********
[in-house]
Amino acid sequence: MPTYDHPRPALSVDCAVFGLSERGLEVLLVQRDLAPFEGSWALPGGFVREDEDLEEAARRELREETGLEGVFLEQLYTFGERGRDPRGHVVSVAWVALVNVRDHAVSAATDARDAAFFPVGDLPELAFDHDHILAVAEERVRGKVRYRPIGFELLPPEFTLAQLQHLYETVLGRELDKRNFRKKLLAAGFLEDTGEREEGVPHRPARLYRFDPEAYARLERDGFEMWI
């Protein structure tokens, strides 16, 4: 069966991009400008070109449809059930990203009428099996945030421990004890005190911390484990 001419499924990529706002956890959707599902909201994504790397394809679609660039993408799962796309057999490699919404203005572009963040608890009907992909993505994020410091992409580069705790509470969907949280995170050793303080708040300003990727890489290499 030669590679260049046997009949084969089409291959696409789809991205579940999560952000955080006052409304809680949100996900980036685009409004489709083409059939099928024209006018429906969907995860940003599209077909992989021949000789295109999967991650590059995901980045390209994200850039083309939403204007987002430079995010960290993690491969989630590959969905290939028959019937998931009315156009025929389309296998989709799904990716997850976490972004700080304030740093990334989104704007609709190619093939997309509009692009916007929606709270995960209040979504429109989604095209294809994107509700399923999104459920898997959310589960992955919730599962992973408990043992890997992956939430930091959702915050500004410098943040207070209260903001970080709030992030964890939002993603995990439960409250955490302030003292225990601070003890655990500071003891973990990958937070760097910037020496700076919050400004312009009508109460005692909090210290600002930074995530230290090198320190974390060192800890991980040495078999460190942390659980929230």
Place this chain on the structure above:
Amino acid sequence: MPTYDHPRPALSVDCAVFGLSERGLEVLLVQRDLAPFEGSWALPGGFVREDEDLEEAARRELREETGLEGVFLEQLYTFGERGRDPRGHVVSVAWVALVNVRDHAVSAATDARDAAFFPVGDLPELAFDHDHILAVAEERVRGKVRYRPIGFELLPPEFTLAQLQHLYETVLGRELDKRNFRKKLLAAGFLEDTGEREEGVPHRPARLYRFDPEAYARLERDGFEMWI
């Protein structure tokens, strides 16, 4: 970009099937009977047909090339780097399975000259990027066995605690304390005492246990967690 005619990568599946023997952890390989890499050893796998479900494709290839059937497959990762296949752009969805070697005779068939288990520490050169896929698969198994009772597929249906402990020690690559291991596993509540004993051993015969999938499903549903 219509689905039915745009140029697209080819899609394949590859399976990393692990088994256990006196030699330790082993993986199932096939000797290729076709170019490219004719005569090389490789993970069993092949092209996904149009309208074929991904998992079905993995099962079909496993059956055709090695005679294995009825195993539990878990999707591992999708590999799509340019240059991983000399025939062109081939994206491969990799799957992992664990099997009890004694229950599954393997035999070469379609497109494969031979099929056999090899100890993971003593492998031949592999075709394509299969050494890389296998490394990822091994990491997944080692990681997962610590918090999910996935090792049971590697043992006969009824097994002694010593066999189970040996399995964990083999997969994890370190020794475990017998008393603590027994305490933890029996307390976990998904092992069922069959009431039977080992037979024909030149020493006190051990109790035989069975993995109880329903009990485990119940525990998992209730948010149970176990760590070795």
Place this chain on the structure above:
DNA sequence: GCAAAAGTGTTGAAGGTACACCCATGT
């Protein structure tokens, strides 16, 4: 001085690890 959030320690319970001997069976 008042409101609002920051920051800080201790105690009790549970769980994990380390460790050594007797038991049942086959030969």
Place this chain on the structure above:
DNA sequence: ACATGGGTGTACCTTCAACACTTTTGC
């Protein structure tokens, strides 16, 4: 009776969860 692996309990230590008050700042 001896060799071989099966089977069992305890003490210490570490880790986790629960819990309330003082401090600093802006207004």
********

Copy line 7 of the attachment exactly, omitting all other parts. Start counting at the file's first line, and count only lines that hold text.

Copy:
Place this chain on the structure above: